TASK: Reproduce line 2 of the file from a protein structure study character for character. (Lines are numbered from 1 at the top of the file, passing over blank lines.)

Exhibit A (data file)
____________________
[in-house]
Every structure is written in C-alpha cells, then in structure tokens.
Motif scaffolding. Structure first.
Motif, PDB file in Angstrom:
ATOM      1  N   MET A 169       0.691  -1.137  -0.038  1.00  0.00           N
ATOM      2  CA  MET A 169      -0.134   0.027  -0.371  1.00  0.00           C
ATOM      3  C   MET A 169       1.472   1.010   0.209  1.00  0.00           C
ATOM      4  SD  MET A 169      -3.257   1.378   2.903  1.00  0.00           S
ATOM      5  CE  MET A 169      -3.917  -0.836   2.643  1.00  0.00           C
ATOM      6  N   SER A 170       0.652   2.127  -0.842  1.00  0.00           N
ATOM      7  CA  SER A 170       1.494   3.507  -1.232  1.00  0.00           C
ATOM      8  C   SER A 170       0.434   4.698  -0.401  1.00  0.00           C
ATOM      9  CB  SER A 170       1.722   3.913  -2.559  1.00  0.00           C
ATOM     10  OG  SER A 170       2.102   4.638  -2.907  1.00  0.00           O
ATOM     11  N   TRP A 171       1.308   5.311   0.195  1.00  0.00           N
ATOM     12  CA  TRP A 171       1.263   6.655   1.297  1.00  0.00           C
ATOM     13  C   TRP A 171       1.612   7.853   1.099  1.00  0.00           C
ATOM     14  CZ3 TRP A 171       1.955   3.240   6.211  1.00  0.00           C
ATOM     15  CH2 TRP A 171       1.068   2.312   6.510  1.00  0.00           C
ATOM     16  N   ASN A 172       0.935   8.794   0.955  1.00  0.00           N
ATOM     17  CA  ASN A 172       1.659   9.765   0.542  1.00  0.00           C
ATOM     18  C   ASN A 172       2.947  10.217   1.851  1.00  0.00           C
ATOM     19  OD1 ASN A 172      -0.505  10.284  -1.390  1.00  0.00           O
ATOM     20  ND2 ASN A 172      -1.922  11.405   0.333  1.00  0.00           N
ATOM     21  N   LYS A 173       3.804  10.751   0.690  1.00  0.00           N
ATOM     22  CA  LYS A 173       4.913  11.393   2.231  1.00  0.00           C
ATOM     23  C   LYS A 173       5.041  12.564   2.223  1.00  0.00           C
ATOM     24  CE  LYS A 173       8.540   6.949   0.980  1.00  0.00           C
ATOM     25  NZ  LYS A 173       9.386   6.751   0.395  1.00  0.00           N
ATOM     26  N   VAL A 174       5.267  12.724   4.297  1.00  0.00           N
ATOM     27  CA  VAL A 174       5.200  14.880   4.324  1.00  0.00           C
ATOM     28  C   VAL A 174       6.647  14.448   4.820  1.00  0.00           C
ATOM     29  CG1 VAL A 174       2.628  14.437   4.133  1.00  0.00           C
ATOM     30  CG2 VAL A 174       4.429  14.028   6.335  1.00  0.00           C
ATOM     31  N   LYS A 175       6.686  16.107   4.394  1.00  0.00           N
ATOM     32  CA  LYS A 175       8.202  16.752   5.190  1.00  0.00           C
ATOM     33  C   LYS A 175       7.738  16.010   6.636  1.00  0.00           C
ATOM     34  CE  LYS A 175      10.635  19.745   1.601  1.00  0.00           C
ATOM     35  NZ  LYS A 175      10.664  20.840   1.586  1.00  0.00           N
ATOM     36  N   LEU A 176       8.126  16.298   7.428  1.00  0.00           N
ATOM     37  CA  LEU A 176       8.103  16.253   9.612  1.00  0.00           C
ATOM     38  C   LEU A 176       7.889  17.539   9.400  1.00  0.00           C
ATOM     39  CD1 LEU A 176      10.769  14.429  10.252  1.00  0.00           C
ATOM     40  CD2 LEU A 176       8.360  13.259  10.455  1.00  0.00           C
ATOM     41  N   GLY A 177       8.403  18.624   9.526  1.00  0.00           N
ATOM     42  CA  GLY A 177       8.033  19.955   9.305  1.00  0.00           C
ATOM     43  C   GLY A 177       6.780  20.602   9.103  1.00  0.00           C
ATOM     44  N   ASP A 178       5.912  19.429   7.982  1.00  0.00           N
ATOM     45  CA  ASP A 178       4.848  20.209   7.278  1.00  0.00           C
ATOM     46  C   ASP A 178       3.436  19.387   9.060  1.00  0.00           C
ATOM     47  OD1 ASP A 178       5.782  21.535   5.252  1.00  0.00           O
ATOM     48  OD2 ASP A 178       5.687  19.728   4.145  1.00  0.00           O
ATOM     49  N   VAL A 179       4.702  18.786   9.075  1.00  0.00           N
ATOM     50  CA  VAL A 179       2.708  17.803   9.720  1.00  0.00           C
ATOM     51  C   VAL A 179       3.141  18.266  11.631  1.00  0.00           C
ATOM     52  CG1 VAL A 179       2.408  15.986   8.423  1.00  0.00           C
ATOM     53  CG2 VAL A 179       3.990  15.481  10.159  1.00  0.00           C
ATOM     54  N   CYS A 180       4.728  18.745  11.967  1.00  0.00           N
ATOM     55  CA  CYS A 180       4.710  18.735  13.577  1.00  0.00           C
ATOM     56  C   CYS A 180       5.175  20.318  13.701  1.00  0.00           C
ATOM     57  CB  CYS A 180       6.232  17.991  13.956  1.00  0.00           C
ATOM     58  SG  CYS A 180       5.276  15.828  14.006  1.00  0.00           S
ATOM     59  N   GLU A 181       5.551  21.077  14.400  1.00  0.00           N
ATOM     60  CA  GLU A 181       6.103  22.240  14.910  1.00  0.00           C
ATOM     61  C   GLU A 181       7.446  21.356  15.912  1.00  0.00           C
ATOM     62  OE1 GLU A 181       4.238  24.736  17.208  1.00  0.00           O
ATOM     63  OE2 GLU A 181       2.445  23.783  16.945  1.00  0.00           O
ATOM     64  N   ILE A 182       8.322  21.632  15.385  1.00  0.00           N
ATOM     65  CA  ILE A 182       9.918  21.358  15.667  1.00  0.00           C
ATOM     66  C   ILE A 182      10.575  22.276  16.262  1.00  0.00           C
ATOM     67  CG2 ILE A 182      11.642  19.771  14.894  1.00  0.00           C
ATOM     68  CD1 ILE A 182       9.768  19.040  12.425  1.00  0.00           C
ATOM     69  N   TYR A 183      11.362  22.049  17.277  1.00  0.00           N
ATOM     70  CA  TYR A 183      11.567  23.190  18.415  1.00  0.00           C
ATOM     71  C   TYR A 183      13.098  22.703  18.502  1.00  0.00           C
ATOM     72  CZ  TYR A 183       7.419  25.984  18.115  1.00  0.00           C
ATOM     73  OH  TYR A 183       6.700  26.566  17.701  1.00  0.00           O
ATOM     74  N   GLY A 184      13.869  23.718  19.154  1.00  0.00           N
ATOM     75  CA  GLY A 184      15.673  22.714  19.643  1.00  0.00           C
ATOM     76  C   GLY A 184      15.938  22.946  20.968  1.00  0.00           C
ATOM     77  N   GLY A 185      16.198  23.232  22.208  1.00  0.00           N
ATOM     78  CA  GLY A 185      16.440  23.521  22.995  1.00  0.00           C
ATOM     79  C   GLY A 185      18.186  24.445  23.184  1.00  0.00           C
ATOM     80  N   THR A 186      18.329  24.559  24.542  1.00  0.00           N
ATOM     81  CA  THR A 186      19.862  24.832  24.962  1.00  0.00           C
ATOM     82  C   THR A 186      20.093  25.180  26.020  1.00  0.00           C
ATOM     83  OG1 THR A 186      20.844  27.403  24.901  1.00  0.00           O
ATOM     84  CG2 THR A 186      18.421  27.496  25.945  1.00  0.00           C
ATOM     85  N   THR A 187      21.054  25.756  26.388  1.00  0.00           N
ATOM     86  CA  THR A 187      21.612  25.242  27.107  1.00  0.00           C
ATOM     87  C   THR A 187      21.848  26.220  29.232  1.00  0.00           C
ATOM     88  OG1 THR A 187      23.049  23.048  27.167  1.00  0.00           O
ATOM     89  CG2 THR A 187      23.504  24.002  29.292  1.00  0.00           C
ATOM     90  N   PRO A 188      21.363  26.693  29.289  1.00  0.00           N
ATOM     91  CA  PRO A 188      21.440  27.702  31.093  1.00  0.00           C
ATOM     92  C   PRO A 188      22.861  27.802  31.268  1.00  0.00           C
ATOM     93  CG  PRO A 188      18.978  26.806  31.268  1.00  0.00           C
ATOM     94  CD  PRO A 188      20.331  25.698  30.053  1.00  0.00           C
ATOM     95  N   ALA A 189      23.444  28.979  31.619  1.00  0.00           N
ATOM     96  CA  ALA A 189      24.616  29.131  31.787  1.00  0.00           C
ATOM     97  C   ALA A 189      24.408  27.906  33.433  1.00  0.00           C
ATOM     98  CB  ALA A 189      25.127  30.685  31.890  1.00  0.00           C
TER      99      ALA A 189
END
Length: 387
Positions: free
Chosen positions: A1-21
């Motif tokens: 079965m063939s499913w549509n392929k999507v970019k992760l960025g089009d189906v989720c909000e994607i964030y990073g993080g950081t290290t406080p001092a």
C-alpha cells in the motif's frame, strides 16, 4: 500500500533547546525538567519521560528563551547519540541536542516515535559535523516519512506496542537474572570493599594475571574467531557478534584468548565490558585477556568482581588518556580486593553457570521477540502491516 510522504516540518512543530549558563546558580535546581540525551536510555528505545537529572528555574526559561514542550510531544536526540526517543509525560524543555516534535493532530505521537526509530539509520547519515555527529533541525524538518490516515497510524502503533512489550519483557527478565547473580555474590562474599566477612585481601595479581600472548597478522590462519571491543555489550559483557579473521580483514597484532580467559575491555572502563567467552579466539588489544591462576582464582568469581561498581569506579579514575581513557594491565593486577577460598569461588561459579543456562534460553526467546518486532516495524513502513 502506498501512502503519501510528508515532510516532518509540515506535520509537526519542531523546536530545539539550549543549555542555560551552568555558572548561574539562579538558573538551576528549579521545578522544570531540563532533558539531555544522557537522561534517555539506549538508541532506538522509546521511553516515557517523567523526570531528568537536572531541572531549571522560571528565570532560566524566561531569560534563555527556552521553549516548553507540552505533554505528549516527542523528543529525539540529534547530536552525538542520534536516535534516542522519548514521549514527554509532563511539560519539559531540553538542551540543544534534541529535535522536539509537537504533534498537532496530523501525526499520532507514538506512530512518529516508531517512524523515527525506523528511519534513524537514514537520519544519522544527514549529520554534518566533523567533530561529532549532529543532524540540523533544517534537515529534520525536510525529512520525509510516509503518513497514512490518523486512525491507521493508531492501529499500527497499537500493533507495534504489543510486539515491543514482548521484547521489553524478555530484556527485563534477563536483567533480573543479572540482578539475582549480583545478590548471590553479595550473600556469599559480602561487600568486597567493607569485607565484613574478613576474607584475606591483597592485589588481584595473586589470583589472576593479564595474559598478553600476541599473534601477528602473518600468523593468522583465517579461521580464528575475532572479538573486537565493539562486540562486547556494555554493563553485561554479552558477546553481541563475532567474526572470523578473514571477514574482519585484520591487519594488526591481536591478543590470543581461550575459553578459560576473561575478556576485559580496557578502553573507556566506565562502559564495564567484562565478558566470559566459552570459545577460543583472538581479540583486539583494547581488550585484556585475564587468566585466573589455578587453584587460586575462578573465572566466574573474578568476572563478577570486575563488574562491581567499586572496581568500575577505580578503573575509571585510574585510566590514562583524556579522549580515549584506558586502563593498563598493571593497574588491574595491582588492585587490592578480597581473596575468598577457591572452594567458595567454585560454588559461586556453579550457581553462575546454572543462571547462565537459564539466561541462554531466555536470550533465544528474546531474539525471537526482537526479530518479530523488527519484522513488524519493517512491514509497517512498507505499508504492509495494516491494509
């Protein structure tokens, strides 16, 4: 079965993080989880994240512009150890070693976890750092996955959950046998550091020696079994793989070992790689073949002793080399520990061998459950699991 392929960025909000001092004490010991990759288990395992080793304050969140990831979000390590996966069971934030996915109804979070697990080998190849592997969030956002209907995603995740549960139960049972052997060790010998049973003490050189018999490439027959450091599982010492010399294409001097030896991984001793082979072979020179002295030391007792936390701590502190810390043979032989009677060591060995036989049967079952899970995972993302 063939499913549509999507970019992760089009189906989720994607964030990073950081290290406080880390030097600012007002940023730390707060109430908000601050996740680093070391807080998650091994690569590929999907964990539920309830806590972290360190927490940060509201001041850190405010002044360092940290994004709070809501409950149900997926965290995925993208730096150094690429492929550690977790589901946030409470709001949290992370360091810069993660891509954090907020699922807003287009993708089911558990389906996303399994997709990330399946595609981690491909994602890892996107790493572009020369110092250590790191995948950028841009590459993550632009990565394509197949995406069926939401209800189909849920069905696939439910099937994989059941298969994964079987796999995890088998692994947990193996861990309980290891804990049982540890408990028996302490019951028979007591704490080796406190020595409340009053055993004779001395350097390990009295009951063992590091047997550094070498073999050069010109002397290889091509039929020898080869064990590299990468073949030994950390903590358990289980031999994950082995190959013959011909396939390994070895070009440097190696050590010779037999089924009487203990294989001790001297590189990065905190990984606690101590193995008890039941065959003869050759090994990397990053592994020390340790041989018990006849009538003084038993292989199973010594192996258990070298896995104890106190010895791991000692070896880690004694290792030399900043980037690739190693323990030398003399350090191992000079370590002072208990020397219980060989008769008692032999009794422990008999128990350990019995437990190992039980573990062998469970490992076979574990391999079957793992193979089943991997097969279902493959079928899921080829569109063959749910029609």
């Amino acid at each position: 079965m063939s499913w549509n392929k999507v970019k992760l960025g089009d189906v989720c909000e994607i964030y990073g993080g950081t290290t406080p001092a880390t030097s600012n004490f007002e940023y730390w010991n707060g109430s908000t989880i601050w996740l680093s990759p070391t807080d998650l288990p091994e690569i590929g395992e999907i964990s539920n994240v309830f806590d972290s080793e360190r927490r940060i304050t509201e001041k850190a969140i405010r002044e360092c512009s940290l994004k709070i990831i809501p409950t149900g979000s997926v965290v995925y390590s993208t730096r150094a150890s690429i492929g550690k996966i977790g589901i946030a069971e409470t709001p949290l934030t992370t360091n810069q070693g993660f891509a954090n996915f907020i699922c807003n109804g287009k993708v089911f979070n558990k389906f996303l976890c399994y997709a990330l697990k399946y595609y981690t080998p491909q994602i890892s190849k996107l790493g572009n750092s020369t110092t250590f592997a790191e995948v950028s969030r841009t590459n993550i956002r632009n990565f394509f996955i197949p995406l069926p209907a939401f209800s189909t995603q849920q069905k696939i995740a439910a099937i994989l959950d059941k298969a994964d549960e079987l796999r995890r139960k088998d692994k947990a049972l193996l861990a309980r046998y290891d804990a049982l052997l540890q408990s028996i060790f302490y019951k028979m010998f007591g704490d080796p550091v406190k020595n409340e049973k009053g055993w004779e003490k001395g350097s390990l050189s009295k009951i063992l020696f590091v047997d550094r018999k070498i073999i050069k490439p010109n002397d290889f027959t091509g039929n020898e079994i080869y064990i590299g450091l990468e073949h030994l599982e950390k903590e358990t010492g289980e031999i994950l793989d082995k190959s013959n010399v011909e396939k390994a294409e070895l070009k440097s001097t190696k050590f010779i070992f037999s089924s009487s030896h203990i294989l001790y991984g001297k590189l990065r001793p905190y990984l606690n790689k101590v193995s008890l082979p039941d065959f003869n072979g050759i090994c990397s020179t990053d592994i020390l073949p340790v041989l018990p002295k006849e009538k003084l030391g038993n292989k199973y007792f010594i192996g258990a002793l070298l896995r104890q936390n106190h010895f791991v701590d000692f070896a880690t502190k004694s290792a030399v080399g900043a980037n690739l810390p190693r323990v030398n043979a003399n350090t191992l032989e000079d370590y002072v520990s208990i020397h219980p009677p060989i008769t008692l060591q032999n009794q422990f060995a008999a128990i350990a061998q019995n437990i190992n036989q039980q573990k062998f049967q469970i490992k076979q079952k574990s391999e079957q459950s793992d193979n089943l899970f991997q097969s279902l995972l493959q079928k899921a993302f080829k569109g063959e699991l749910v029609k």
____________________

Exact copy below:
Every structure is written in C-alpha cells, then in structure tokens.